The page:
eDiscovery Daily Blog
With No Proof of Duty to Preserve or Bad Faith, Plaintiffs’ Request for Sanctions is Denied: eDiscovery Case Law
In Reyes et. al. v. Julia Place Condominiums Homeowners Association, Inc., et. al., No. 12-2043 (E.D.L.A., Oct. 7, 2016), Louisiana District Judge Carl J. Barbier, in denying the plaintiffs’ request for sanctions, stated that the plaintiffs “have failed to produce sufficient evidence proving that [defendant] Parkview had a duty to preserve the ledgers, that Parkview acted in bad faith in destroying the ledgers, and that the destroyed evidence was relevant to Plaintiffs’ claim”.
In this class action lawsuit brought by condominium owners throughout New Orleans against their various condo associations alleging debt collection practices that violate state and federal law, the Court had previously certified a “a class of past and present condominium owners who have paid allegedly usurious late fees”. During the course of the litigation, one of the defendants (Parkview Condominium Homeowners Association) filed a motion for summary judgment, stating that that the plaintiffs had not introduced any evidence that a current or former Parkview unit owner paid an allegedly usurious fee, so Parkview should be dismissed from the lawsuit.
In response, the plaintiffs argued that they were entitled to an adverse inference sanction due to Parkview’s “intentional” destruction of ledgers that would have proven Parkview condominium unit owners paid allegedly usurious late fees. The plaintiffs had made a similar request for these ledgers and an adverse inference sanction in a motion to compel in Magistrate Court and that motion was denied.
Here, the plaintiffs claimed that they first requested this information in September 2012 and, in response to this request, “Parkview threatened sanctions . . . but never provided this critical evidence.” The plaintiffs also argued that Parkview did not initially contend that the documents were lost or otherwise unavailable, but simply refused to comply with the plaintiffs’ request. In response, Parkview stated it informed the plaintiffs that it was not in possession of that information, because the documents were “inadvertently destroyed prior to the commencement of this litigation. There were no backups of any of the files that were located on the damaged computer and hard drive.” Parkview also contended that it had no duty to preserve that information, noting that it was unreasonable to believe that the originally named plaintiff, who was never an owner at Parkview, would sue Parkview and seek ledgers for the two years preceding the litigation.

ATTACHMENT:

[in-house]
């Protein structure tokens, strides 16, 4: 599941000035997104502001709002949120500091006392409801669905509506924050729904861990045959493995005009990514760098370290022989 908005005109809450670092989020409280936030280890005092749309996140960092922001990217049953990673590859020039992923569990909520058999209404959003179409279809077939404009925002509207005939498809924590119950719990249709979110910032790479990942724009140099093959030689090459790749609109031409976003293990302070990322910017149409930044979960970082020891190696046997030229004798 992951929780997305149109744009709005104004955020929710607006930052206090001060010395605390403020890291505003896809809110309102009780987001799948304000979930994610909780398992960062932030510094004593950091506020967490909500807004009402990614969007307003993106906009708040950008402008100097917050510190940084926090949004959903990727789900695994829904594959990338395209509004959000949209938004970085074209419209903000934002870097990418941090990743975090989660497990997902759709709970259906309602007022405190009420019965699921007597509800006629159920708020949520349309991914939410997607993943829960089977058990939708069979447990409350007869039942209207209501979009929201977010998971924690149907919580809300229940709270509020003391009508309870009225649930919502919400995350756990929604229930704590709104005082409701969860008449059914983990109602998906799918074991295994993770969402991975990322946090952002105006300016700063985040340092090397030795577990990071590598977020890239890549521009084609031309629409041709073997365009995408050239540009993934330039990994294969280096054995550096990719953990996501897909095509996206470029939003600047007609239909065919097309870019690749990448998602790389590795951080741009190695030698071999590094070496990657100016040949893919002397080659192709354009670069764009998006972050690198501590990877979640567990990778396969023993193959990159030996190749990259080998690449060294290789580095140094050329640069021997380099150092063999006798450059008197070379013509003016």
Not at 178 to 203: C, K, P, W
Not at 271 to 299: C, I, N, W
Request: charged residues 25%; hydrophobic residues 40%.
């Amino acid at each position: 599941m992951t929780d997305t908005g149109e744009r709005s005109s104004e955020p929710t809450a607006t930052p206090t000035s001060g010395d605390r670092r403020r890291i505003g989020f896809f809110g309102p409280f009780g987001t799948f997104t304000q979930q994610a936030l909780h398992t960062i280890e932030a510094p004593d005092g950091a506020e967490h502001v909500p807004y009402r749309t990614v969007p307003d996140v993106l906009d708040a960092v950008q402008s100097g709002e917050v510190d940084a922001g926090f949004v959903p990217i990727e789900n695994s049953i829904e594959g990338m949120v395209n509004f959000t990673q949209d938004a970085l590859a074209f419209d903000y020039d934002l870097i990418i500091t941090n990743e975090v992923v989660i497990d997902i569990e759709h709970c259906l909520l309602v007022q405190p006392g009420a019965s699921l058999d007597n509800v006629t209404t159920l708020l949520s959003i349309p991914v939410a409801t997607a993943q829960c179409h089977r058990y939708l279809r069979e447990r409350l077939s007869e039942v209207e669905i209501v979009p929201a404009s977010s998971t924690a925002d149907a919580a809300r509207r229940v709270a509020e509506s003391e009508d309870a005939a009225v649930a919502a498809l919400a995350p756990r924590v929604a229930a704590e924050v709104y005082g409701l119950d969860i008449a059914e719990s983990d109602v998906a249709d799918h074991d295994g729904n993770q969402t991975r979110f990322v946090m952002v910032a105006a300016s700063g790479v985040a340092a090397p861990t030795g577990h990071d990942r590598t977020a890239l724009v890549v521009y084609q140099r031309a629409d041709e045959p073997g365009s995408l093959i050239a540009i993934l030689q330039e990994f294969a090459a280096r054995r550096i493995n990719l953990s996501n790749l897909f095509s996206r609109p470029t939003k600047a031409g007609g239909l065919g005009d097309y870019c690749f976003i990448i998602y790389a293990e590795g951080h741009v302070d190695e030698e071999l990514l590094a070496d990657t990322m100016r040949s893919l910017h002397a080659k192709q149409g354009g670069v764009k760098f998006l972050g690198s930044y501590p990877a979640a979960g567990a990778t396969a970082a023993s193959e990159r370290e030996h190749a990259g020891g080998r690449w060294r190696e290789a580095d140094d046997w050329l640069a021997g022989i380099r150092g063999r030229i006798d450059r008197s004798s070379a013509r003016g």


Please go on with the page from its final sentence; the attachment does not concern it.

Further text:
In ruling on the plaintiff’s request for sanctions, Judge Barbier stated:
“Plaintiffs have failed to produce sufficient evidence proving that Parkview had a duty to preserve the ledgers, that Parkview acted in bad faith in destroying the ledgers, and that the destroyed evidence was relevant to Plaintiffs’ claim. Plaintiffs ask this Court to infer that Parkview intentionally, and in bad faith, destroyed its ledgers solely because Parkview did not initially tell Plaintiffs that it had inadvertently destroyed the ledgers prior to litigation…This is a leap this court is unwilling to make. Accordingly, the Court finds that Plaintiffs are not entitled to an adverse inference for purposes of this motion nor trial.”
Also, observing that “[n]otably absent from Plaintiffs’ evidence is anything demonstrating that a past or present condominium unit owner has paid an allegedly usurious late fee”, Judge Barbier granted Parkview’s Motion for Summary Judgment, dismissing Parkview from the case.
So, what do you think? Did the plaintiff make too big a leap in assuming “intentional” destruction of the ledgers? Please share any comments you might have or if you’d like to know more about a particular topic.
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